What are the racial predilections of urinary incontinence?

Updated: Sep 23, 2019
  • Author: Sandip P Vasavada, MD; Chief Editor: Edward David Kim, MD, FACS  more...
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Answer

Although data concerning urinary incontinence in people of different races are sparse, reports are emerging that race may play an important role in the prevalence and likelihood of reporting of incontinence. In addition, differences in anatomic morphology of the urinary sphincter mechanism in people of different races may affect the likelihood of developing incontinence.

Fultz et al found that 23.02% of white women reported incontinence, compared with 16.17% of black women. [42] In a study by Anger et al, based on the 1999-2000 NHANES data, the prevalence of urinary incontinence was higher in non-Hispanic white women (41%) than in non-Hispanic black (20%) or Mexican American women (36%). [43] In contrast, Freeman et al found that black women were significantly more likely than white women to report menopausal symptoms (46% vs 30%), urinary incontinence, and vaginal dryness. [44]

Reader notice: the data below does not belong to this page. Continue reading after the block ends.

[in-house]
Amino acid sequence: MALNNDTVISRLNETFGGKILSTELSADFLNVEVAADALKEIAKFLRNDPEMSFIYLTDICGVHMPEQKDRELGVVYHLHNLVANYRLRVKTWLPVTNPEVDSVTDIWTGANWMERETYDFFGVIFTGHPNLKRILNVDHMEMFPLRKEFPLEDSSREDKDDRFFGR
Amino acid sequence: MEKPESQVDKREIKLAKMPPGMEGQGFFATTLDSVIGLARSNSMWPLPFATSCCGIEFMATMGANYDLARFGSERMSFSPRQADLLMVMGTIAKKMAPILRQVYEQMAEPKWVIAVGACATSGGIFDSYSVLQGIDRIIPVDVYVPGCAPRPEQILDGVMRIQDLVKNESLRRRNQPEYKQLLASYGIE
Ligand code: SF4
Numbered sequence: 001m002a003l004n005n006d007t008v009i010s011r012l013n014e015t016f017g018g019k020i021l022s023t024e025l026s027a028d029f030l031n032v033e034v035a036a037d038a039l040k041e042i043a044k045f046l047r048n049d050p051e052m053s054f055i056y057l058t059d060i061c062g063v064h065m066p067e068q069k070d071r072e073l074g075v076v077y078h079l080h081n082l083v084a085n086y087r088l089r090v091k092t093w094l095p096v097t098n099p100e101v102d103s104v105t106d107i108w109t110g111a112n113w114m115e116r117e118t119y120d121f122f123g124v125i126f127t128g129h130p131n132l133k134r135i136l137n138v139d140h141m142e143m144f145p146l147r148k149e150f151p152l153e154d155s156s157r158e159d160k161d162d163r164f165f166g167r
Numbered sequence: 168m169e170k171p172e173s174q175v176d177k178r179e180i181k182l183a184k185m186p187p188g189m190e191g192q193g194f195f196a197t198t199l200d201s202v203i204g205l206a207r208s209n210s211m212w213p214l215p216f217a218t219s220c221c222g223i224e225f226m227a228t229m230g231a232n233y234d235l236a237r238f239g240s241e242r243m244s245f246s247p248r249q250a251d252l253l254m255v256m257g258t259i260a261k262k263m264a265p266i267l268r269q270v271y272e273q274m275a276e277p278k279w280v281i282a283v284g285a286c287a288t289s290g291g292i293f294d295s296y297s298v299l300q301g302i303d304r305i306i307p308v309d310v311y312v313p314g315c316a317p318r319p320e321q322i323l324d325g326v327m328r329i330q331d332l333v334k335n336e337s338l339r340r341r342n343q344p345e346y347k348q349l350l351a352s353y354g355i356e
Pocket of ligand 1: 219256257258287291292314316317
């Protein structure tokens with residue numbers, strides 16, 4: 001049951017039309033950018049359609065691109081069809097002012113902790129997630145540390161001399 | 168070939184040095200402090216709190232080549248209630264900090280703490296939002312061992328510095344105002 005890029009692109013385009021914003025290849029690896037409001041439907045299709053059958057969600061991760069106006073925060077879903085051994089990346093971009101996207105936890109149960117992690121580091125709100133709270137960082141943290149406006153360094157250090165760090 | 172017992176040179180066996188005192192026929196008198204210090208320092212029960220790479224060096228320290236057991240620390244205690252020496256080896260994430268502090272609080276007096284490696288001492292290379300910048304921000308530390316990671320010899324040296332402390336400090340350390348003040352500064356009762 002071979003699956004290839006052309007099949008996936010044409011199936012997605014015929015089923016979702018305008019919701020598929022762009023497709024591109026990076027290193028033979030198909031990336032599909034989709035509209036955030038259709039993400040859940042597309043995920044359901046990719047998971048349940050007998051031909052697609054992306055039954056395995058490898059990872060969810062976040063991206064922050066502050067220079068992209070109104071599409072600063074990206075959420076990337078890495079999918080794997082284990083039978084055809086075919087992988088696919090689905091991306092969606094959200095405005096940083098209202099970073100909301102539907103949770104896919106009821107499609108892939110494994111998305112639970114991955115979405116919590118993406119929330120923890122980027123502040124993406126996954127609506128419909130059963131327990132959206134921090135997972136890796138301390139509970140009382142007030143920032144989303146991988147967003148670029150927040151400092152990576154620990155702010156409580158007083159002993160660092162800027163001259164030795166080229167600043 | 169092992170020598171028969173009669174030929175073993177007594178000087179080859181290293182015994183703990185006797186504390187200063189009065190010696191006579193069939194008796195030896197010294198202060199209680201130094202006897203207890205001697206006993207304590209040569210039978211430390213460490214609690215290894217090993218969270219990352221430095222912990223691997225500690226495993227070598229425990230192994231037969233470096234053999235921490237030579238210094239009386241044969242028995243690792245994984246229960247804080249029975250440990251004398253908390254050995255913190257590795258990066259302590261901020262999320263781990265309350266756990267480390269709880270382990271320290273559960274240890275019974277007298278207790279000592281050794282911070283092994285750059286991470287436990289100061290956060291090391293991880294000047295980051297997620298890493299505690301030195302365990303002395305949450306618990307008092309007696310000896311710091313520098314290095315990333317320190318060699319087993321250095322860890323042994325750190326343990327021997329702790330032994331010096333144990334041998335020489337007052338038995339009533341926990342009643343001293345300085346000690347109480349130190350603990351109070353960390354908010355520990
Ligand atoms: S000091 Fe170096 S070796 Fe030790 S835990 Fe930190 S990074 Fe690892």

Howard et al described functional and morphologic differences in the urethral sphincteric and support system of nulliparous black and white women. Black women demonstrated a 29% higher average urethral closure pressure during a maximum pelvic muscle contraction. Paradoxically, a 36% greater bladder neck hypermobility was present as measured with the cotton-swab test (black women at 49° vs white women at 36°). [39]

Sears et al reported that, among patients with incontinence, urge incontinence was more common in black women (51.5%), whereas stress incontinence was statistically significantly more common in white women (66.2%). [45] Daneshgari et al found that Hispanic women reported stress incontinence and mixed incontinence more often than did non-Hispanic white women. However, the increased prevalence of incontinence in Hispanic women is likely due to higher prevalences of obesity, hysterectomy, and parity than in white women. [46]

Nygaard et al examined the prevalence of symptomatic pelvic floor disorders in women in the United States and found no difference among non-Hispanic whites (16%), Hispanics (15.9%), non-Hispanic blacks (13.8%), and other races (15%). [41] These authors did not differentiate urge from stress incontinence.


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